Columnists

The ‘fairness’ fraud

Thomas Sowell's picture

It seems as if, everywhere you turn these days, there are studies claiming to show that America has lost its upward mobility for people born in the lower socioeconomic levels.

But there is a sharp difference between upward “mobility,” defined as an opportunity to rise, and mobility defined as actually having risen.

That distinction is seldom even mentioned in most of the studies. It is as if everybody is chomping at the bit to get ahead, and the ones that don’t rise have been stopped by “barriers” created by “society.” Read More»

Separation of state and news

Cal Thomas's picture

After much criticism from conservative quarters, the Federal Communications Commission (FCC) has decided, at least for now, to withdraw plans for its proposed study of how media organizations gather and report news.

The expressed goal of the survey was to determine if the “critical information needs” of the public are being met.

In making the announcement on Friday, FCC Chairman Tom Wheeler indicated the survey would be “revised” and that the government agency had “no intention” of regulating political speech of journalists or other broadcasters. Read More»

The truth behind the ‘staffing surge’ in Ga. public schools

Ben Scafidi's picture

Cuts to family budgets have been significant since the Great Recession began in late 2007. Likewise, cuts to public school budgets in Georgia and nationally have been significant as well. That said, the economic challenges facing public schools during the Great Recession need to be put in historical context.

A recent Georgia State University policy brief reported an 18.9 percent increase in the state’s public school teachers between 2001 and 2012, and a 28 percent increase in school-based administrators. Read More»

A boy named Juan

Ronda Rich's picture

Thousands of days, all those filled with clouds, rain, snow or sunshine, have passed since that time, yet the lesson sticks stubbornly to my heart.

For two years, I spent Tuesday afternoons volunteering as a mentor in an elementary school where every child was poor. An astounding 96 percent of them qualified for free or reduced price lunches. The vast majority of them had traveled with their families from a desperate country where, though it’s hard to imagine, they had been even poorer than the life they found in America. Read More»

Second Surgery

Sallie Satterthwaite's picture

Few family crises tug more at the heart of mother than not being with her child when she is in pain.
Mary had to undergo another operation for a ragged rotator cuff.
Yes, the first one was just last fall, but once that healed up, the other began to make itself felt and she went ahead and scheduled surgery.
Why would a 50-something pianist come down with what is usually regarded as an athletic ailment when she is so careful about nutrition and fitness? And why did this develop in the first place? Read More»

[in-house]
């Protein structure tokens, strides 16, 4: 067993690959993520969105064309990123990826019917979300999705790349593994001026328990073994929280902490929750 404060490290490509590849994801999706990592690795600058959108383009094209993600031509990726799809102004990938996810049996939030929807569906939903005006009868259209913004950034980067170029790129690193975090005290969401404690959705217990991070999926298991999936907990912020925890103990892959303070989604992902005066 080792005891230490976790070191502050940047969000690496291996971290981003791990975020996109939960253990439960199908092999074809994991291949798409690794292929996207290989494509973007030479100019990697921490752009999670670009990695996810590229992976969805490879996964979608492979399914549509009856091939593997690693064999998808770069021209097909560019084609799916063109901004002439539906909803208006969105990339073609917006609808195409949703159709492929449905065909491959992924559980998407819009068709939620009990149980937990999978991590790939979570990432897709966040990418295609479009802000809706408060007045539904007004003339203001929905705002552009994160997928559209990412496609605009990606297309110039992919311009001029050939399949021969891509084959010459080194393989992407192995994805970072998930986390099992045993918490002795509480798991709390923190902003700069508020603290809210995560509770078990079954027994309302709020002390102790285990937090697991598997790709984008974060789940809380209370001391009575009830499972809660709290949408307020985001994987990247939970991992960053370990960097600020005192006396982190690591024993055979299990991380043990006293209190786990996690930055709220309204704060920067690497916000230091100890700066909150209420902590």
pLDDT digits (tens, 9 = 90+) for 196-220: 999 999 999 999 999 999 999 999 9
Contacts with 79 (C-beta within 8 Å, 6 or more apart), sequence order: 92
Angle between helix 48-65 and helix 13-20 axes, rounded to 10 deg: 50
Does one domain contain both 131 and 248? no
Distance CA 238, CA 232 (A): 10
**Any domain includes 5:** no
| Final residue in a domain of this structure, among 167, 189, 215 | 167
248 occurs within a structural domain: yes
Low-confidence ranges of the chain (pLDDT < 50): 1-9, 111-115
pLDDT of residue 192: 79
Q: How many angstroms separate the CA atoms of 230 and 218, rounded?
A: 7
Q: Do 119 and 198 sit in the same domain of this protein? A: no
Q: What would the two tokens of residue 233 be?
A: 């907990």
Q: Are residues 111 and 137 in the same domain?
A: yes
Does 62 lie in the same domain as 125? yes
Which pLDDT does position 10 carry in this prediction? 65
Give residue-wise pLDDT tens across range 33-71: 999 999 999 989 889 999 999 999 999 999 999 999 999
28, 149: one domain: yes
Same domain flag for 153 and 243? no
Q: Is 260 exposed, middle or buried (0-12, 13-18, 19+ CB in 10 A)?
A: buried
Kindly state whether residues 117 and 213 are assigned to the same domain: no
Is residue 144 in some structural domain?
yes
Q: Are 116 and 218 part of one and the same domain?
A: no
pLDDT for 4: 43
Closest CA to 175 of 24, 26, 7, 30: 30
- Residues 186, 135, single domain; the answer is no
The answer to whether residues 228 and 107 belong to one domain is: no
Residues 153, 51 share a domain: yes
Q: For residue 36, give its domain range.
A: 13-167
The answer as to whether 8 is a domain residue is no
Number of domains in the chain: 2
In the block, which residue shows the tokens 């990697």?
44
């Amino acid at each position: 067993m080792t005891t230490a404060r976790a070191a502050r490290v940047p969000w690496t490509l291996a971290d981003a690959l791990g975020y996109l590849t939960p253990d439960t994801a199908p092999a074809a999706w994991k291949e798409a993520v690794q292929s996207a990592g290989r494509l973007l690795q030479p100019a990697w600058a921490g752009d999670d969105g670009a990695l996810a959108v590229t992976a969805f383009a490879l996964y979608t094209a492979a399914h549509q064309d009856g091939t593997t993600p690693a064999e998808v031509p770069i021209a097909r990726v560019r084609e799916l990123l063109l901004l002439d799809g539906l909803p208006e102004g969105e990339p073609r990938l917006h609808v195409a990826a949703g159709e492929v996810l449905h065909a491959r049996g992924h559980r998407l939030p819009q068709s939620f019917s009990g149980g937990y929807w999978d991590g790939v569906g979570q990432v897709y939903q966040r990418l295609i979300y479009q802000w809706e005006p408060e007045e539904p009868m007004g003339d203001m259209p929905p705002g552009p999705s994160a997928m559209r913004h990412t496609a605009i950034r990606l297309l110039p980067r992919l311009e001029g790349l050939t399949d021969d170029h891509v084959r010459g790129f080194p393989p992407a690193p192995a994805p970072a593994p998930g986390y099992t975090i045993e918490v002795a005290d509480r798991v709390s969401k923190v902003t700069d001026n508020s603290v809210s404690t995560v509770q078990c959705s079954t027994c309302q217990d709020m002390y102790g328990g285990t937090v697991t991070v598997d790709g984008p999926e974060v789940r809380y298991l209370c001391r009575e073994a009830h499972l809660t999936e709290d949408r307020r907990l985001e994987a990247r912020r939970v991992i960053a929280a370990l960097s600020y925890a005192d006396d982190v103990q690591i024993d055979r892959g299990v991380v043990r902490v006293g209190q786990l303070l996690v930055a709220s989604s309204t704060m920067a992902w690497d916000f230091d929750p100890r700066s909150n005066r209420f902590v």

“The greatest challenge” Mr. Kerry?

David Epps's picture

From CNN — “Saying that climate change ranks among the world’s most serious problems — such as disease outbreaks, poverty, terrorism and the proliferation of weapons of mass destruction — U.S. Secretary of State John Kerry called on all nations to respond to ‘the greatest challenge of our generation.’”

“Climate change,” is, of course, the new packaging for what, for years, has been called “global warming.” Read More»

The library

Rick Ryckeley's picture

The questions seemed simple enough, or at least I thought they were. Still, the only answer given was a blank look of confusion from the front desk attendant.
Last week, The Wife was doing research at the Vanderbilt Library in Nashville, Tenn., and I had tagged along for the ride. Who knew it would bring back memories from a research trip to another library some 45 years ago? That trip didn’t end well for yours truly. Read More»

At-risk veterans & their healing dogs

Terry Garlock's picture

Since 9-11 we have asked a great deal of our all-volunteer military. Over a decade of deployments to war zones make our present force the most combat-experienced ever, but sending individual troops on three, four, five or more combat tours levies immeasurable cost to them and their family.

It should be no surprise that we have a spike in the number of veterans with post traumatic stress disorder (PTSD) issues and traumatic brain injury (TMI), wounds that are not outwardly visible, and sometimes the care they receive just isn’t enough.
Read More»

‘To equality!’

Editorial cartoon by Chip Bok. Copyright 2014 Creators Syndicate. President Obama toasts French President Hollande: "To equality!"

Editorial cartoon by Chip Bok. Copyright 2014 Creators Syndicate. President Obama toasts French President Hollande: "To equality!"

Fayette County is at a crossroads

Matt Forshee's picture

During the recession, something huge happened in Fayette County, the impact of which has not truly been felt: The “Developer of Peachtree City,” Pathway Communities, closed up shop.

Whether you agree with the choices that were made or not by them when they were developing, the entity was constantly impacting the community with the addition of residential, commercial and industrial space.

During the development of the city, Pathway and its predecessors developed the largest industrial park on the south side of Atlanta, the 2,200-acre Peachtree City Industrial Village.
Read More»